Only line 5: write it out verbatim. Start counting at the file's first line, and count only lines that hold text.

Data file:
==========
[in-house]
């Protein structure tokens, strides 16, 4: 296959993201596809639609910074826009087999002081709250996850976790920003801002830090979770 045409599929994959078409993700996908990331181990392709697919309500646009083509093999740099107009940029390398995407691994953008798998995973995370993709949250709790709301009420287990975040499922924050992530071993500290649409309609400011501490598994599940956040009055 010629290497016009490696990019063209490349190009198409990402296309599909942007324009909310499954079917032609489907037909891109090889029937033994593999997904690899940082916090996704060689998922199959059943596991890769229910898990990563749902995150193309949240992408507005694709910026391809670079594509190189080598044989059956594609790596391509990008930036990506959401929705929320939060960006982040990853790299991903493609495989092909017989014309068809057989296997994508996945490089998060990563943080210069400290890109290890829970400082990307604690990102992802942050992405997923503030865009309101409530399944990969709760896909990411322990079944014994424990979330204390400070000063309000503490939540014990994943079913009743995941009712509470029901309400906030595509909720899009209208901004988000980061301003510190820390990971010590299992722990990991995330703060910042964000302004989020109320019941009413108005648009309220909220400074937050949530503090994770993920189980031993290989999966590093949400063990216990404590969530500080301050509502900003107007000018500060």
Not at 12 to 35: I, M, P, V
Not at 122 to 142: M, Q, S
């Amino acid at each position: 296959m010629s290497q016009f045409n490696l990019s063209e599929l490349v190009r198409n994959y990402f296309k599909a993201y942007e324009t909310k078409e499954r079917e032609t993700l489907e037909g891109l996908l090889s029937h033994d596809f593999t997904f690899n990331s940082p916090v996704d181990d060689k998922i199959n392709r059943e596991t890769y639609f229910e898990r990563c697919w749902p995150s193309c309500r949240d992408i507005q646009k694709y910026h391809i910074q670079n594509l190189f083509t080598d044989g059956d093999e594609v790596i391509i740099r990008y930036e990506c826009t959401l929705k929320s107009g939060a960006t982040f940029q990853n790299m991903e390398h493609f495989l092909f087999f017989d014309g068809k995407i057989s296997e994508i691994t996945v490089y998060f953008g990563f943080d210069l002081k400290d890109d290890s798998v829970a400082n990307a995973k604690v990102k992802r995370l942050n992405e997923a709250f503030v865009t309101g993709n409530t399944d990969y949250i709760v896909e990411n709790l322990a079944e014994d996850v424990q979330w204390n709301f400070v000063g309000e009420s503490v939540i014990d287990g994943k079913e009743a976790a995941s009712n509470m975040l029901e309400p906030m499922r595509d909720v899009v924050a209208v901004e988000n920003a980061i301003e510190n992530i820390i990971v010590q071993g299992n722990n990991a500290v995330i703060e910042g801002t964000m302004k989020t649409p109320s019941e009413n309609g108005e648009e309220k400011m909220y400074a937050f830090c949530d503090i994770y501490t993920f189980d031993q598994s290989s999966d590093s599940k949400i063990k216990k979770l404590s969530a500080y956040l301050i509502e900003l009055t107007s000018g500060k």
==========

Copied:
């Amino acid at each position: 296959m010629s290497q016009f045409n490696l990019s063209e599929l490349v190009r198409n994959y990402f296309k599909a993201y942007e324009t909310k078409e499954r079917e032609t993700l489907e037909g891109l996908l090889s029937h033994d596809f593999t997904f690899n990331s940082p916090v996704d181990d060689k998922i199959n392709r059943e596991t890769y639609f229910e898990r990563c697919w749902p995150s193309c309500r949240d992408i507005q646009k694709y910026h391809i910074q670079n594509l190189f083509t080598d044989g059956d093999e594609v790596i391509i740099r990008y930036e990506c826009t959401l929705k929320s107009g939060a960006t982040f940029q990853n790299m991903e390398h493609f495989l092909f087999f017989d014309g068809k995407i057989s296997e994508i691994t996945v490089y998060f953008g990563f943080d210069l002081k400290d890109d290890s798998v829970a400082n990307a995973k604690v990102k992802r995370l942050n992405e997923a709250f503030v865009t309101g993709n409530t399944d990969y949250i709760v896909e990411n709790l322990a079944e014994d996850v424990q979330w204390n709301f400070v000063g309000e009420s503490v939540i014990d287990g994943k079913e009743a976790a995941s009712n509470m975040l029901e309400p906030m499922r595509d909720v899009v924050a209208v901004e988000n920003a980061i301003e510190n992530i820390i990971v010590q071993g299992n722990n990991a500290v995330i703060e910042g801002t964000m302004k989020t649409p109320s019941e009413n309609g108005e648009e309220k400011m909220y400074a937050f830090c949530d503090i994770y501490t993920f189980d031993q598994s290989s999966d590093s599940k949400i063990k216990k979770l404590s969530a500080y956040l301050i509502e900003l009055t107007s000018g500060k």